This Sunday the Historical Society is dedicating a stained glass window to Ruth and Selby Soward. It will hang in the Ennis-Handy House at 202 West 13th Street here in Goodland. To help celebrate this event let’s take a look at a brief history of stained glass windows and some other stained glass windows in Goodland.
Many people and countries have used stained glass in the past. Romans had an early version of stained glass windows, by glazing glass into windows. Some scholars believe
that Arabian, Byzantine or Moorish glass might have appeared in marble or stone sculptures. When the Moors entered Spain, stained glass windows moved into the north and were used as windows to help protect against weather. One of the oldest known examples of stained glass windows were uncovered at St. Paul’s Monastery in Jarrow England from 686 AD. As the years passed stained glass windows became popular in churches and are often beautiful staples in most churches. Goodland has a fine selection of stained glass windows in our churches. The United Methodist Church has a very tall stained glass window depicting hands and a cross facing Sherman Street. The Catholic Church has several stained glass windows depicting different scenes from the Bible.
If you are driving by the Goodland Public Library on 8th Street you might notice a tall stained glass window. This stained glass window is called “Old ‘Engine 99’” and used to hang in the old Methodist Church. The window is the artist’s depiction of the Chicago, Kansas & Nebraska Railway engine. This engine pulled the first train into Goodland in 1888. Farmers donated money to get the stained glass window made which was dedicated to Charles J. Winsell who was killed when a girder struck his head. It hung in the old Methodist Church until the new chruch was constructed and the window was hauled off to the garbage. Mrs. John Cogswell, the mayor’s wife, noticed it was gone and her husband phoned, found it and brought it back in the hope that it would someday go into a new library. Today it hangs in the Goodland Public Library and is a beautiful representation of the railroad and the men who worked on it.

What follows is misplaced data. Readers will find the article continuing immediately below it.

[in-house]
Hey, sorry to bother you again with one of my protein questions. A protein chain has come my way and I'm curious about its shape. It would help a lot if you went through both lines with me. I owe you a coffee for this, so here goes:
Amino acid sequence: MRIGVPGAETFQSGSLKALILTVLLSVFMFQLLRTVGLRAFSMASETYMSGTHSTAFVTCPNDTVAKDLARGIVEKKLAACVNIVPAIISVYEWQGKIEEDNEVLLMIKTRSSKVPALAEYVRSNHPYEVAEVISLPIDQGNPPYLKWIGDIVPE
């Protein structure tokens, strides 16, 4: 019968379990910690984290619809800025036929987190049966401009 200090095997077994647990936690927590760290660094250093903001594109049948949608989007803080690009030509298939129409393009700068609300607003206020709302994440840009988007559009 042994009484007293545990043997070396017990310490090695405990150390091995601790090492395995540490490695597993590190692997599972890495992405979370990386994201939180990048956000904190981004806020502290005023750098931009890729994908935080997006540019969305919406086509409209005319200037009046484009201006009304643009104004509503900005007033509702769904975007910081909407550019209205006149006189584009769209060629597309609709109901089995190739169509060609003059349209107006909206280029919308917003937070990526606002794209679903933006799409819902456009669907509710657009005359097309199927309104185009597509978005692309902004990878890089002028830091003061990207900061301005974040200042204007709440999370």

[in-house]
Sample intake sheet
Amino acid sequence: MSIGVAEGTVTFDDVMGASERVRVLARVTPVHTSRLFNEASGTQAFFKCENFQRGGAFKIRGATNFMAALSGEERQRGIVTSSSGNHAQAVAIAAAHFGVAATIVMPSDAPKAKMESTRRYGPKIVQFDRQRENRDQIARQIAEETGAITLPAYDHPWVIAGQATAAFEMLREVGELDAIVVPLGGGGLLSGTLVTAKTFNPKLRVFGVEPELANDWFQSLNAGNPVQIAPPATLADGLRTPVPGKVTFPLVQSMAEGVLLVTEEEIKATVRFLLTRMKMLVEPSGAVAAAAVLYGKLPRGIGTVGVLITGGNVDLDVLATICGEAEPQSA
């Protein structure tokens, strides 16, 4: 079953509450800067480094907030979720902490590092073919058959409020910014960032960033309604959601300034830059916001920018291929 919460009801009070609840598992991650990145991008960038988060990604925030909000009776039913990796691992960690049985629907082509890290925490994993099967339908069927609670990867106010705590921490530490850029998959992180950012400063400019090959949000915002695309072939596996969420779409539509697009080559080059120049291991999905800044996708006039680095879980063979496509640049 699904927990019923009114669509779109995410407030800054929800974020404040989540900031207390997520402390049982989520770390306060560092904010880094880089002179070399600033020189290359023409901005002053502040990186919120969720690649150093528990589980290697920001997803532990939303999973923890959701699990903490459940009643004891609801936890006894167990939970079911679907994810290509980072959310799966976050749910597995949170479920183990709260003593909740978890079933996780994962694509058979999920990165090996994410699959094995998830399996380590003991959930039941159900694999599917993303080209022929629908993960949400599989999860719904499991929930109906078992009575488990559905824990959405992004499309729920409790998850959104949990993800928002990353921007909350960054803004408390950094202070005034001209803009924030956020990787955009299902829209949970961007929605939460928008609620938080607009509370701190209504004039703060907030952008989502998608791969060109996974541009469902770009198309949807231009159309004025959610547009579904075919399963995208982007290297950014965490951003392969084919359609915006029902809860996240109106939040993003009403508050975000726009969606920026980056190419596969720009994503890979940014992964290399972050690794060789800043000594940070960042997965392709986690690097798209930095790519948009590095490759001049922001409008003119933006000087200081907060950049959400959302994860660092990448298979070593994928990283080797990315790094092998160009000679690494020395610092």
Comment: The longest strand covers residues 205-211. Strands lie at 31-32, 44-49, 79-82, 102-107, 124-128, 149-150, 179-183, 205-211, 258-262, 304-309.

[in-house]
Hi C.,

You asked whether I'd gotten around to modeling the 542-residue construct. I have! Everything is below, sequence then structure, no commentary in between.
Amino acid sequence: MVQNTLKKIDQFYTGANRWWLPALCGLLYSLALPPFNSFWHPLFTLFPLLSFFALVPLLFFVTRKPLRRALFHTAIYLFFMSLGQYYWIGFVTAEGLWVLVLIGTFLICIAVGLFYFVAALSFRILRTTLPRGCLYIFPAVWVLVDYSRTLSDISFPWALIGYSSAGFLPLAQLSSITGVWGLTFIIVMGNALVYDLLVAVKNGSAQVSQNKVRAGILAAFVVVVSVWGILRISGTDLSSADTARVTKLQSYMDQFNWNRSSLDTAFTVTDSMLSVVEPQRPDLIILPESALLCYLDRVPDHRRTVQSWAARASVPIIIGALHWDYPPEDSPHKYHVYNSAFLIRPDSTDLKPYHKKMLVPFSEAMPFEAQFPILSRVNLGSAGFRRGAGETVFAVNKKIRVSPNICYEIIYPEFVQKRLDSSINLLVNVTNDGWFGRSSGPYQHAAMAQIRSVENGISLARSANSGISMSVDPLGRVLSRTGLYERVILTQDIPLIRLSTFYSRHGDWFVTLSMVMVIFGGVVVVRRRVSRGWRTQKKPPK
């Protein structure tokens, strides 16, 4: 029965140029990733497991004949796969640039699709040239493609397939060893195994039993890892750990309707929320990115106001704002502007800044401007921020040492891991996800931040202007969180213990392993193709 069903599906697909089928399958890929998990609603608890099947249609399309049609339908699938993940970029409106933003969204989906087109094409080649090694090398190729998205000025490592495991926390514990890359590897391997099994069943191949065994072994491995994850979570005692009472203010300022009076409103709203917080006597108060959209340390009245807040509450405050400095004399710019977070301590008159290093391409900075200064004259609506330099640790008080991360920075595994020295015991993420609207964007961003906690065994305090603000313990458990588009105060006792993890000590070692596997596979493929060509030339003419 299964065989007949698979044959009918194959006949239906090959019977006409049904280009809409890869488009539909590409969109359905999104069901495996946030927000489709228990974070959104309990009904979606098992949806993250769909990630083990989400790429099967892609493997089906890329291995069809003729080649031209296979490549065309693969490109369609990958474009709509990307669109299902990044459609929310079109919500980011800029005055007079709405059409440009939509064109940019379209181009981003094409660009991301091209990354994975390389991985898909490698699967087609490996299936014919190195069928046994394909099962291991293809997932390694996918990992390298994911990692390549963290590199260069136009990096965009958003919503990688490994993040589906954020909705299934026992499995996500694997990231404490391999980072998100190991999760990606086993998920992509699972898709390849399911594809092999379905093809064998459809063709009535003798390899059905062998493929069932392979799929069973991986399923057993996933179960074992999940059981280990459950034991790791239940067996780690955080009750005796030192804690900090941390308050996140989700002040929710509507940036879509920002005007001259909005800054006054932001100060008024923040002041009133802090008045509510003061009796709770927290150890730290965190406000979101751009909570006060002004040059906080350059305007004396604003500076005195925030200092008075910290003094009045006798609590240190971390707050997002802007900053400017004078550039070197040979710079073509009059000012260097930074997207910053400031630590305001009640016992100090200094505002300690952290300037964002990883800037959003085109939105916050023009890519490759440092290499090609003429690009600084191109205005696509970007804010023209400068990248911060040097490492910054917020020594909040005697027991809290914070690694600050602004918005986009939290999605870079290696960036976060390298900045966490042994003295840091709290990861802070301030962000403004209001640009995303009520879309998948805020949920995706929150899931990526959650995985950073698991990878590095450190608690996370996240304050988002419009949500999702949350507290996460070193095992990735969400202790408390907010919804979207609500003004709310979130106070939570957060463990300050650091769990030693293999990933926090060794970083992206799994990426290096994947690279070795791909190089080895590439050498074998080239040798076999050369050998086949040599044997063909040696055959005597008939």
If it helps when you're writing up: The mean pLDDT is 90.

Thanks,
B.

Stained glass windows are beautiful way to brighten up a room or to depict a story using pictures and emotions. Stained glass windows have been around for centuries in some form or another in countries all over the world. More information about stained glass
history can be found at the History of Stained Glass. On Sunday at 3:30 PM we will have another stained glass window to add to Goodland’s collection of window art. Stop by the Ennis-Handy House on Sunday for a dedication at 3:30 with a band (bring your own lawn chair), stories of the past by Curtis Duncan, tours of the house, and ice cream. This Sunday take a tour of the stained glass windows in Goodland: take in a service at a church and drive by the library, then stop by the museum to make your own stained glass window (a glass-less craft for all ages). After your window is complete drive over to the Ennis-Handy House for the dedication!